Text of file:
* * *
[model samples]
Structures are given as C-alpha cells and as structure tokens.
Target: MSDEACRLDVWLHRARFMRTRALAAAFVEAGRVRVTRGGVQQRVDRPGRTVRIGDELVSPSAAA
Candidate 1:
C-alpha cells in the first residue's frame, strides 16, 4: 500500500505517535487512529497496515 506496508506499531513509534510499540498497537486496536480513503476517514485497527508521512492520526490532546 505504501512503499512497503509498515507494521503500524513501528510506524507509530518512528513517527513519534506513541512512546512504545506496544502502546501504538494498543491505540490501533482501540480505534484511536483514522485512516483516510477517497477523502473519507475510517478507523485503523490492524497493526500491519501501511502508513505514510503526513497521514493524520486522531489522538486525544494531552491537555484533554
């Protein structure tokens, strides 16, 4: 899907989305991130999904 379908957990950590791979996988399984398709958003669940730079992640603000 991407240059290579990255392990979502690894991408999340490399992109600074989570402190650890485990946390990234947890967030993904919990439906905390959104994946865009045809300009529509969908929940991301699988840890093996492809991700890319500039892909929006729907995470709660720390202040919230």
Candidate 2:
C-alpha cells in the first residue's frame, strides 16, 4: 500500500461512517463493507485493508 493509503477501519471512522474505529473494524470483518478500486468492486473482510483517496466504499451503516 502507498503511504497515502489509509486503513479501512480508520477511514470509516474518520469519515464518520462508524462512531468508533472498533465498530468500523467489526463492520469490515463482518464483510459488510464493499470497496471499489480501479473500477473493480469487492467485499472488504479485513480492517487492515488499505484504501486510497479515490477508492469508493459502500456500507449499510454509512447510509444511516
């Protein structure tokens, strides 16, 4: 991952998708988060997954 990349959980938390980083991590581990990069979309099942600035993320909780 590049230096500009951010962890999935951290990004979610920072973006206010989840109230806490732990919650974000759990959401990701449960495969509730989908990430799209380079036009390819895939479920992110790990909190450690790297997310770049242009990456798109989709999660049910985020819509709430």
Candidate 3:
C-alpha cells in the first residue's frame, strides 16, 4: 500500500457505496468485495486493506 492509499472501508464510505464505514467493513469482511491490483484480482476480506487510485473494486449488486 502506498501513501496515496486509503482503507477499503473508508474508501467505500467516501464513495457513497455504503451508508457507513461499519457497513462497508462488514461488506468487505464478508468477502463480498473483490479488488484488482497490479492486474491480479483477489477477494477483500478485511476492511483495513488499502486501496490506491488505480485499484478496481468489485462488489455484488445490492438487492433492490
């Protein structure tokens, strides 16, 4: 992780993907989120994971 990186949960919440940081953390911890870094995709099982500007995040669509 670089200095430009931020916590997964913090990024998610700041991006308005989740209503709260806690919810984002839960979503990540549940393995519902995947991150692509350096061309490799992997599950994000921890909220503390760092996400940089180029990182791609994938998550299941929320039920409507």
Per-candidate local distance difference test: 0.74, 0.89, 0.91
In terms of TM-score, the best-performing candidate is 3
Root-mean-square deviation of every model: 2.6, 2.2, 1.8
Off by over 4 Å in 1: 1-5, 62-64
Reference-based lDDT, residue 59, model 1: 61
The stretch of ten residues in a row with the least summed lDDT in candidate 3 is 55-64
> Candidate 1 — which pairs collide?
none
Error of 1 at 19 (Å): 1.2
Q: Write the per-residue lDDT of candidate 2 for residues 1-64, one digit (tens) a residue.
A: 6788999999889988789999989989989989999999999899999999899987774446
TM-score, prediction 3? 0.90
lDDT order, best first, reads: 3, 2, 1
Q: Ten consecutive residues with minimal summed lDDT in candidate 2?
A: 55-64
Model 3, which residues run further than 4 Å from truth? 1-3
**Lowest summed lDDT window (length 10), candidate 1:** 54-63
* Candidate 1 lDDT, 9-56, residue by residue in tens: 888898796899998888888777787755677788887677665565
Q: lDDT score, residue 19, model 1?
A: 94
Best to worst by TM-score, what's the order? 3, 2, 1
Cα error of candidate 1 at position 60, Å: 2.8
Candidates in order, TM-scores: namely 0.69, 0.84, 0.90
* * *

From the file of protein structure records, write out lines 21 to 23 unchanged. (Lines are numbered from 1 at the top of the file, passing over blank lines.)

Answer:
Error of 1 at 19 (Å): 1.2
Q: Write the per-residue lDDT of candidate 2 for residues 1-64, one digit (tens) a residue.
A: 6788999999889988789999989989989989999999999899999999899987774446